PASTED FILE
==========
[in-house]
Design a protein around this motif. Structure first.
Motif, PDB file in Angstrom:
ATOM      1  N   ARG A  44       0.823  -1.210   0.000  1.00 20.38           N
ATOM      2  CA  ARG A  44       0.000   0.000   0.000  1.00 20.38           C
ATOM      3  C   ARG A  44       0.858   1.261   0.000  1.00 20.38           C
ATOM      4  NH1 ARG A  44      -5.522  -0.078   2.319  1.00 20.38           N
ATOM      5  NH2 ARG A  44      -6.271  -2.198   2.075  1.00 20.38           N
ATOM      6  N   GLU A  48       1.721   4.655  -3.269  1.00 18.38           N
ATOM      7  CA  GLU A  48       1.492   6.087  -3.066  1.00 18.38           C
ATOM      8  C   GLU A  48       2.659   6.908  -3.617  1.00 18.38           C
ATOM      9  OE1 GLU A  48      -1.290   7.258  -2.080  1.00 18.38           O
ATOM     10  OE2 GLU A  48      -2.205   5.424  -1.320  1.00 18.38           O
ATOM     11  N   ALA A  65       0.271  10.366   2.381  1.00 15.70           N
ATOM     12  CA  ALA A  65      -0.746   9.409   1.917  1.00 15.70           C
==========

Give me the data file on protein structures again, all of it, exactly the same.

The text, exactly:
[in-house]
Design a protein around this motif. Structure first.
Motif, PDB file in Angstrom:
ATOM      1  N   ARG A  44       0.823  -1.210   0.000  1.00 20.38           N
ATOM      2  CA  ARG A  44       0.000   0.000   0.000  1.00 20.38           C
ATOM      3  C   ARG A  44       0.858   1.261   0.000  1.00 20.38           C
ATOM      4  NH1 ARG A  44      -5.522  -0.078   2.319  1.00 20.38           N
ATOM      5  NH2 ARG A  44      -6.271  -2.198   2.075  1.00 20.38           N
ATOM      6  N   GLU A  48       1.721   4.655  -3.269  1.00 18.38           N
ATOM      7  CA  GLU A  48       1.492   6.087  -3.066  1.00 18.38           C
ATOM      8  C   GLU A  48       2.659   6.908  -3.617  1.00 18.38           C
ATOM      9  OE1 GLU A  48      -1.290   7.258  -2.080  1.00 18.38           O
ATOM     10  OE2 GLU A  48      -2.205   5.424  -1.320  1.00 18.38           O
ATOM     11  N   ALA A  65       0.271  10.366   2.381  1.00 15.70           N
ATOM     12  CA  ALA A  65      -0.746   9.409   1.917  1.00 15.70           C